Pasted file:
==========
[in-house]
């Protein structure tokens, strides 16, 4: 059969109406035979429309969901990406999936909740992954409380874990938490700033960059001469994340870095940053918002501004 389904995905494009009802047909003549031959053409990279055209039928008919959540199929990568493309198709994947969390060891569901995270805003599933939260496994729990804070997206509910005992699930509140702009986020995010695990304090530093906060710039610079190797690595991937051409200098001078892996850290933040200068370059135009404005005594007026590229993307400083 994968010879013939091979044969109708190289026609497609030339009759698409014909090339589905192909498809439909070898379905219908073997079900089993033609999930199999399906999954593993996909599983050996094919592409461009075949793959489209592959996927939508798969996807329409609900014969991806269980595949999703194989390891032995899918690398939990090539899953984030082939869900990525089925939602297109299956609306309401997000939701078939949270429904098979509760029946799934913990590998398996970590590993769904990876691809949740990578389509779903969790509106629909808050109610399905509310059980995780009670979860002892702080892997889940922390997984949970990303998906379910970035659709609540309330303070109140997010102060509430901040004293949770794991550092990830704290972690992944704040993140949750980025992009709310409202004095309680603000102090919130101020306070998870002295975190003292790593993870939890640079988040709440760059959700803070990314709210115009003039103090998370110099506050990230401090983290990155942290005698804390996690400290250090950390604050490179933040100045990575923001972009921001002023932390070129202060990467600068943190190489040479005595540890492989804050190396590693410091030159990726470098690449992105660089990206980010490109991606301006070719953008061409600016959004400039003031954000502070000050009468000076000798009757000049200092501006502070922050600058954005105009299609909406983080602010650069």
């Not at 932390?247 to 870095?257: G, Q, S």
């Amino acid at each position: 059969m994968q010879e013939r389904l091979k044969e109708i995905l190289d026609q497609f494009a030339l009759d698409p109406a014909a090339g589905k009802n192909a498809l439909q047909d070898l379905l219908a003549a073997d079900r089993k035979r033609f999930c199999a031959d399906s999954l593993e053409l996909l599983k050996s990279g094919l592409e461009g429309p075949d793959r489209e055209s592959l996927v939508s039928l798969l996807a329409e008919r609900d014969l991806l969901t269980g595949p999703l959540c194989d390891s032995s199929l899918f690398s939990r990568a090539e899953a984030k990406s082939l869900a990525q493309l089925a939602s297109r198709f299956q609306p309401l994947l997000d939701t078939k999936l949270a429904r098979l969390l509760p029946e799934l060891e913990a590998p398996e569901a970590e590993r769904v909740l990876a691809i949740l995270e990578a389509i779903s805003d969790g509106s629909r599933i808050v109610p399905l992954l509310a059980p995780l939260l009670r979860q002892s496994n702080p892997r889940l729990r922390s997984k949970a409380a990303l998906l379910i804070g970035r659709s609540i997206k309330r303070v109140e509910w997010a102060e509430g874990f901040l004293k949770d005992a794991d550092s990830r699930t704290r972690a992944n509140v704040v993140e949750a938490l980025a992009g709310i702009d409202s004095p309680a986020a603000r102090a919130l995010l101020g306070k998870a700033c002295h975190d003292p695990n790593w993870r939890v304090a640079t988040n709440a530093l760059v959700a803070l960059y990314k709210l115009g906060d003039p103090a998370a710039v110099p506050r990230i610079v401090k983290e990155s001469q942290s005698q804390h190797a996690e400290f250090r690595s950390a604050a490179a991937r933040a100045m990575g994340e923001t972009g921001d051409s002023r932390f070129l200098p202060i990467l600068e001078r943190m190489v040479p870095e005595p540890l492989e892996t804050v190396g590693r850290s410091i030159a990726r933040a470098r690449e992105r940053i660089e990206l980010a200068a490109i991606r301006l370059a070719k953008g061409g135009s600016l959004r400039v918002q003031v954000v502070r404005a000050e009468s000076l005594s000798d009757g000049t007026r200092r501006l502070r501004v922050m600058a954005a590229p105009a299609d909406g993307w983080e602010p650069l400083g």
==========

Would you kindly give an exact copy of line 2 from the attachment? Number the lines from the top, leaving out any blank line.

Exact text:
């Protein structure tokens, strides 16, 4: 059969109406035979429309969901990406999936909740992954409380874990938490700033960059001469994340870095940053918002501004 389904995905494009009802047909003549031959053409990279055209039928008919959540199929990568493309198709994947969390060891569901995270805003599933939260496994729990804070997206509910005992699930509140702009986020995010695990304090530093906060710039610079190797690595991937051409200098001078892996850290933040200068370059135009404005005594007026590229993307400083 994968010879013939091979044969109708190289026609497609030339009759698409014909090339589905192909498809439909070898379905219908073997079900089993033609999930199999399906999954593993996909599983050996094919592409461009075949793959489209592959996927939508798969996807329409609900014969991806269980595949999703194989390891032995899918690398939990090539899953984030082939869900990525089925939602297109299956609306309401997000939701078939949270429904098979509760029946799934913990590998398996970590590993769904990876691809949740990578389509779903969790509106629909808050109610399905509310059980995780009670979860002892702080892997889940922390997984949970990303998906379910970035659709609540309330303070109140997010102060509430901040004293949770794991550092990830704290972690992944704040993140949750980025992009709310409202004095309680603000102090919130101020306070998870002295975190003292790593993870939890640079988040709440760059959700803070990314709210115009003039103090998370110099506050990230401090983290990155942290005698804390996690400290250090950390604050490179933040100045990575923001972009921001002023932390070129202060990467600068943190190489040479005595540890492989804050190396590693410091030159990726470098690449992105660089990206980010490109991606301006070719953008061409600016959004400039003031954000502070000050009468000076000798009757000049200092501006502070922050600058954005105009299609909406983080602010650069």